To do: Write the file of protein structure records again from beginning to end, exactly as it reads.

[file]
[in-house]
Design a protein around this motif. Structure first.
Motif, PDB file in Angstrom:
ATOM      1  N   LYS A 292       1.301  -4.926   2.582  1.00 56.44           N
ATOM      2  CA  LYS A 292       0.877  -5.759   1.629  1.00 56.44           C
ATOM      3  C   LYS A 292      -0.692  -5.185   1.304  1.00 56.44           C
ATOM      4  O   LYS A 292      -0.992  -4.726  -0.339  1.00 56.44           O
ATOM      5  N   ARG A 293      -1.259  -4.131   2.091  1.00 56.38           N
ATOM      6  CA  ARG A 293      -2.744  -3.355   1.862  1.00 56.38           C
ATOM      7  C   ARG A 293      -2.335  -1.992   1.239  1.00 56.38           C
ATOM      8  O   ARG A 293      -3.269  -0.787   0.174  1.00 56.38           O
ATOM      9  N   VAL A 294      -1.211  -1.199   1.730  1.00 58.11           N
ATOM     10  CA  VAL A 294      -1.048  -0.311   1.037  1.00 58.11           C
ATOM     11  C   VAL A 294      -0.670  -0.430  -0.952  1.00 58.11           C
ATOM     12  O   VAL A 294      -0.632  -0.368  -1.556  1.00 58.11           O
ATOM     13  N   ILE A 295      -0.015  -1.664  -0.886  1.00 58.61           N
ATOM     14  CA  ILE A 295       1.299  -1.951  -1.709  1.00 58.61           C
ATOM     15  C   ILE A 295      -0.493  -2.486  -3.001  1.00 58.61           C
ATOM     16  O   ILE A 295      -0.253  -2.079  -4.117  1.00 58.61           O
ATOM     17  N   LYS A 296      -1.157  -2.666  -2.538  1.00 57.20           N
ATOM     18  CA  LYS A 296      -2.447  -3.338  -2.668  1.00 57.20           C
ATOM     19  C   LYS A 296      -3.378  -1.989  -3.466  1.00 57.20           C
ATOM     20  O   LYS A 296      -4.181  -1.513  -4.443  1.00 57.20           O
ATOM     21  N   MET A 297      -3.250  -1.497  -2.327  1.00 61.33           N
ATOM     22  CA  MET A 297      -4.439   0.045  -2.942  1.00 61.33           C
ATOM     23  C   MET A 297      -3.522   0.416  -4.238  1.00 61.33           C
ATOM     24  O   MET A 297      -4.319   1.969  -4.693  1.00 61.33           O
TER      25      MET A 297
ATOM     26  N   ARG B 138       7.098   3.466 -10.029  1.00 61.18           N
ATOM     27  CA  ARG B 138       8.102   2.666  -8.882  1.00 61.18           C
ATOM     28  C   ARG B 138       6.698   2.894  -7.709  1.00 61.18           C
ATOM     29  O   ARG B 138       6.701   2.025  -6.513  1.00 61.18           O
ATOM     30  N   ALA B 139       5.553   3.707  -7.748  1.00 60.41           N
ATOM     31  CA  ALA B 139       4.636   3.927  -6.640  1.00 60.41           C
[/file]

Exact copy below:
[in-house]
Design a protein around this motif. Structure first.
Motif, PDB file in Angstrom:
ATOM      1  N   LYS A 292       1.301  -4.926   2.582  1.00 56.44           N
ATOM      2  CA  LYS A 292       0.877  -5.759   1.629  1.00 56.44           C
ATOM      3  C   LYS A 292      -0.692  -5.185   1.304  1.00 56.44           C
ATOM      4  O   LYS A 292      -0.992  -4.726  -0.339  1.00 56.44           O
ATOM      5  N   ARG A 293      -1.259  -4.131   2.091  1.00 56.38           N
ATOM      6  CA  ARG A 293      -2.744  -3.355   1.862  1.00 56.38           C
ATOM      7  C   ARG A 293      -2.335  -1.992   1.239  1.00 56.38           C
ATOM      8  O   ARG A 293      -3.269  -0.787   0.174  1.00 56.38           O
ATOM      9  N   VAL A 294      -1.211  -1.199   1.730  1.00 58.11           N
ATOM     10  CA  VAL A 294      -1.048  -0.311   1.037  1.00 58.11           C
ATOM     11  C   VAL A 294      -0.670  -0.430  -0.952  1.00 58.11           C
ATOM     12  O   VAL A 294      -0.632  -0.368  -1.556  1.00 58.11           O
ATOM     13  N   ILE A 295      -0.015  -1.664  -0.886  1.00 58.61           N
ATOM     14  CA  ILE A 295       1.299  -1.951  -1.709  1.00 58.61           C
ATOM     15  C   ILE A 295      -0.493  -2.486  -3.001  1.00 58.61           C
ATOM     16  O   ILE A 295      -0.253  -2.079  -4.117  1.00 58.61           O
ATOM     17  N   LYS A 296      -1.157  -2.666  -2.538  1.00 57.20           N
ATOM     18  CA  LYS A 296      -2.447  -3.338  -2.668  1.00 57.20           C
ATOM     19  C   LYS A 296      -3.378  -1.989  -3.466  1.00 57.20           C
ATOM     20  O   LYS A 296      -4.181  -1.513  -4.443  1.00 57.20           O
ATOM     21  N   MET A 297      -3.250  -1.497  -2.327  1.00 61.33           N
ATOM     22  CA  MET A 297      -4.439   0.045  -2.942  1.00 61.33           C
ATOM     23  C   MET A 297      -3.522   0.416  -4.238  1.00 61.33           C
ATOM     24  O   MET A 297      -4.319   1.969  -4.693  1.00 61.33           O
TER      25      MET A 297
ATOM     26  N   ARG B 138       7.098   3.466 -10.029  1.00 61.18           N
ATOM     27  CA  ARG B 138       8.102   2.666  -8.882  1.00 61.18           C
ATOM     28  C   ARG B 138       6.698   2.894  -7.709  1.00 61.18           C
ATOM     29  O   ARG B 138       6.701   2.025  -6.513  1.00 61.18           O
ATOM     30  N   ALA B 139       5.553   3.707  -7.748  1.00 60.41           N
ATOM     31  CA  ALA B 139       4.636   3.927  -6.640  1.00 60.41           C